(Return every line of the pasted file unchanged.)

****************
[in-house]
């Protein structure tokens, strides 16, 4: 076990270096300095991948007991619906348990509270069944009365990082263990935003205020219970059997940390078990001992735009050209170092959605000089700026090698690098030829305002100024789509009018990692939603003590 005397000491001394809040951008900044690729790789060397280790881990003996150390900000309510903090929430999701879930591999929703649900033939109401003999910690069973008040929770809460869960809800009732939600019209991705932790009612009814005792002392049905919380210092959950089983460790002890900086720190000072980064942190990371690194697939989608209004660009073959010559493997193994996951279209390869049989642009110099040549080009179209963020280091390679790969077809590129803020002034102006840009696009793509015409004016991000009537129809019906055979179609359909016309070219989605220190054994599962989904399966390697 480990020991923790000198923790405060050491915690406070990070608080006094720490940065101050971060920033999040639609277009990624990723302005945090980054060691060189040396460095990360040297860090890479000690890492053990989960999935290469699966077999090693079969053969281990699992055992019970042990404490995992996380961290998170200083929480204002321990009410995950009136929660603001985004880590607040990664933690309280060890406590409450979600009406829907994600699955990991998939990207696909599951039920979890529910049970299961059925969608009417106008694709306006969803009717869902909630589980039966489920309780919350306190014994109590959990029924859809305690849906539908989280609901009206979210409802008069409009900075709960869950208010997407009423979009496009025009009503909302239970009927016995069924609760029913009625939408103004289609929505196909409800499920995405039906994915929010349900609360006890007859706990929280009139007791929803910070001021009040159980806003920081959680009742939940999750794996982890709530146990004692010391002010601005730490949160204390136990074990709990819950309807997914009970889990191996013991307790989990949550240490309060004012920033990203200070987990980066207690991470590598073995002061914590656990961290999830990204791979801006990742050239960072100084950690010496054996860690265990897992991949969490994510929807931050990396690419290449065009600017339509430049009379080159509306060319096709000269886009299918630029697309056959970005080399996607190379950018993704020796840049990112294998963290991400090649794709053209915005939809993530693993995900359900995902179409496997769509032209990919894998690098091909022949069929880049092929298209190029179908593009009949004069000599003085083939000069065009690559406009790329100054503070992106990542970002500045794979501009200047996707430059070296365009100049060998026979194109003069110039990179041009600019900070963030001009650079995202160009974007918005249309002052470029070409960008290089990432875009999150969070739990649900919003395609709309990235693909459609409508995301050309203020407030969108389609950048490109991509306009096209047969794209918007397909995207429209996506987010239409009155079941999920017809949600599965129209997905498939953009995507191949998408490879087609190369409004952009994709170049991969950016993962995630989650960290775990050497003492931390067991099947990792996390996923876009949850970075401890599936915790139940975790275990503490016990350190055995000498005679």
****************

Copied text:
[in-house]
């Protein structure tokens, strides 16, 4: 076990270096300095991948007991619906348990509270069944009365990082263990935003205020219970059997940390078990001992735009050209170092959605000089700026090698690098030829305002100024789509009018990692939603003590 005397000491001394809040951008900044690729790789060397280790881990003996150390900000309510903090929430999701879930591999929703649900033939109401003999910690069973008040929770809460869960809800009732939600019209991705932790009612009814005792002392049905919380210092959950089983460790002890900086720190000072980064942190990371690194697939989608209004660009073959010559493997193994996951279209390869049989642009110099040549080009179209963020280091390679790969077809590129803020002034102006840009696009793509015409004016991000009537129809019906055979179609359909016309070219989605220190054994599962989904399966390697 480990020991923790000198923790405060050491915690406070990070608080006094720490940065101050971060920033999040639609277009990624990723302005945090980054060691060189040396460095990360040297860090890479000690890492053990989960999935290469699966077999090693079969053969281990699992055992019970042990404490995992996380961290998170200083929480204002321990009410995950009136929660603001985004880590607040990664933690309280060890406590409450979600009406829907994600699955990991998939990207696909599951039920979890529910049970299961059925969608009417106008694709306006969803009717869902909630589980039966489920309780919350306190014994109590959990029924859809305690849906539908989280609901009206979210409802008069409009900075709960869950208010997407009423979009496009025009009503909302239970009927016995069924609760029913009625939408103004289609929505196909409800499920995405039906994915929010349900609360006890007859706990929280009139007791929803910070001021009040159980806003920081959680009742939940999750794996982890709530146990004692010391002010601005730490949160204390136990074990709990819950309807997914009970889990191996013991307790989990949550240490309060004012920033990203200070987990980066207690991470590598073995002061914590656990961290999830990204791979801006990742050239960072100084950690010496054996860690265990897992991949969490994510929807931050990396690419290449065009600017339509430049009379080159509306060319096709000269886009299918630029697309056959970005080399996607190379950018993704020796840049990112294998963290991400090649794709053209915005939809993530693993995900359900995902179409496997769509032209990919894998690098091909022949069929880049092929298209190029179908593009009949004069000599003085083939000069065009690559406009790329100054503070992106990542970002500045794979501009200047996707430059070296365009100049060998026979194109003069110039990179041009600019900070963030001009650079995202160009974007918005249309002052470029070409960008290089990432875009999150969070739990649900919003395609709309990235693909459609409508995301050309203020407030969108389609950048490109991509306009096209047969794209918007397909995207429209996506987010239409009155079941999920017809949600599965129209997905498939953009995507191949998408490879087609190369409004952009994709170049991969950016993962995630989650960290775990050497003492931390067991099947990792996390996923876009949850970075401890599936915790139940975790275990503490016990350190055995000498005679």